The Cannes Film Festival seems like the most glamorous event on the film calendar – you pretty much have to be either super-cool or super-rich to go, and as I am neither (yet) I instead try to recreate the feeling of being there at home. I tan-up, wear white (for some riviera chic) and surround myself with popcorn and croissants (gotta keep it French) while re-watching the trailers again and again. The novelty wears off after about nine and a half minutes, because I’m in my living room not the south of France but still.
Some spectacular looking films have been nominated for this year’s prestigious Palme d’Or prize, so why don’t you join me in a budget-Cannes Fest and watch some of trailers of the nominees right now. Ones we’re excited about include the festival’s fairytale opener Moonrise Kingdom from Wes Anderson that tells the story of a young couple on the run, the first screen adaptation of Jack Kerouac’s On the Road for some hip, beatnik fun, and the intriguing Cosmopolis by David Cronenberg about a 28-year old billonaire starring Juliette Binoche – who is not only from France, but whose last name sounds like brioche the French sweet roll.
The shortlist is 22-strong and here’s all the trailers we could get our hands on…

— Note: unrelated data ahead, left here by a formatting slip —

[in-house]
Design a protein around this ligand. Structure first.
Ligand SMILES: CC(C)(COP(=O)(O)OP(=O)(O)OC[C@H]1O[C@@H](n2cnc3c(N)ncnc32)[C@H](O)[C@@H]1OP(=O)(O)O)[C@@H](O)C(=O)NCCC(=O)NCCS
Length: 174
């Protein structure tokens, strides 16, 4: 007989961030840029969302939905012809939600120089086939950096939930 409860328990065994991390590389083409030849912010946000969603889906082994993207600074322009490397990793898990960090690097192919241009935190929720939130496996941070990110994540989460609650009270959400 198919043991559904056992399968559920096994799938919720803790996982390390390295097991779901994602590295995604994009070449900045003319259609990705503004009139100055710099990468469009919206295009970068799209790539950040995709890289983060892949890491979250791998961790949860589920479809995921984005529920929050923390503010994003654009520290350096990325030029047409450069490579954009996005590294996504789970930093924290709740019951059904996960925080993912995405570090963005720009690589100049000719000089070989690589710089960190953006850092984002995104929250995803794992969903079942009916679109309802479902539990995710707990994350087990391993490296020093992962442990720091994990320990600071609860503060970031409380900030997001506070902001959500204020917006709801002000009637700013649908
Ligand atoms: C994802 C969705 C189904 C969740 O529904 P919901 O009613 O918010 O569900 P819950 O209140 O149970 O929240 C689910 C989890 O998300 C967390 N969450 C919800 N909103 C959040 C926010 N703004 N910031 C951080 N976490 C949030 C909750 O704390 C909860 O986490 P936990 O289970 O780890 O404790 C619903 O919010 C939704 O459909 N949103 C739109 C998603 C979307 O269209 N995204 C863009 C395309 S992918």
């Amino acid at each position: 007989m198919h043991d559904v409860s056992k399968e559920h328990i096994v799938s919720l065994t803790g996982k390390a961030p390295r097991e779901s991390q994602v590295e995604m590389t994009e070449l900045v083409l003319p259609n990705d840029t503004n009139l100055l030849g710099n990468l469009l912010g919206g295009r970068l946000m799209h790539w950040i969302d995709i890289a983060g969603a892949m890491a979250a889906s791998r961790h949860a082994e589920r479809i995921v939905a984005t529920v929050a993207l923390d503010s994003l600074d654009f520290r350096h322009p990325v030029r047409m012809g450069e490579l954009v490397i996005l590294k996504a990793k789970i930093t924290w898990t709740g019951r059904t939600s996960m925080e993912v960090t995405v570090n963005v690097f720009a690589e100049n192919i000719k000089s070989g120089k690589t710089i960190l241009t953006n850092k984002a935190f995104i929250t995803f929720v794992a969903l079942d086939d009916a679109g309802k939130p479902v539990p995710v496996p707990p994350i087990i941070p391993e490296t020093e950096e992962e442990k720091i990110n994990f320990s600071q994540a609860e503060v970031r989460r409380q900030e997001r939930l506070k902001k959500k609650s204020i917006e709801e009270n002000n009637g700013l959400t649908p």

- Mariana Malhão's illustrations depict "a world inside a world"
- Max Siedentopf offers silly but significant advice in his latest series, Instructions for World Peace
- XZY explores the “visual alchemies of the phenomenon fake" in its debut issue
- Steven Bliss' distant yet familiar series, Boys
- Friday Mixtape: Shopping pick a mix of bands to be excited to be about
- Illustrator Cécile Dormeau on body diversity and defying convention
- The Guardian unveils redesign across print and online
- Aron Klein's captivating images of the Bulgarian demon chasers
- The rebrand for Russia’s tourist board uses Suprematist geometry laid out as a map
- Compare your selfies to fine art through the Google Arts and Culture app’s newest feature
- Coca-Cola reveals custom typeface, TCCC Unity, inspired by its modernist heritage
- Graphic designer Bryan Rivera references mistakes and imperfections in his portfolio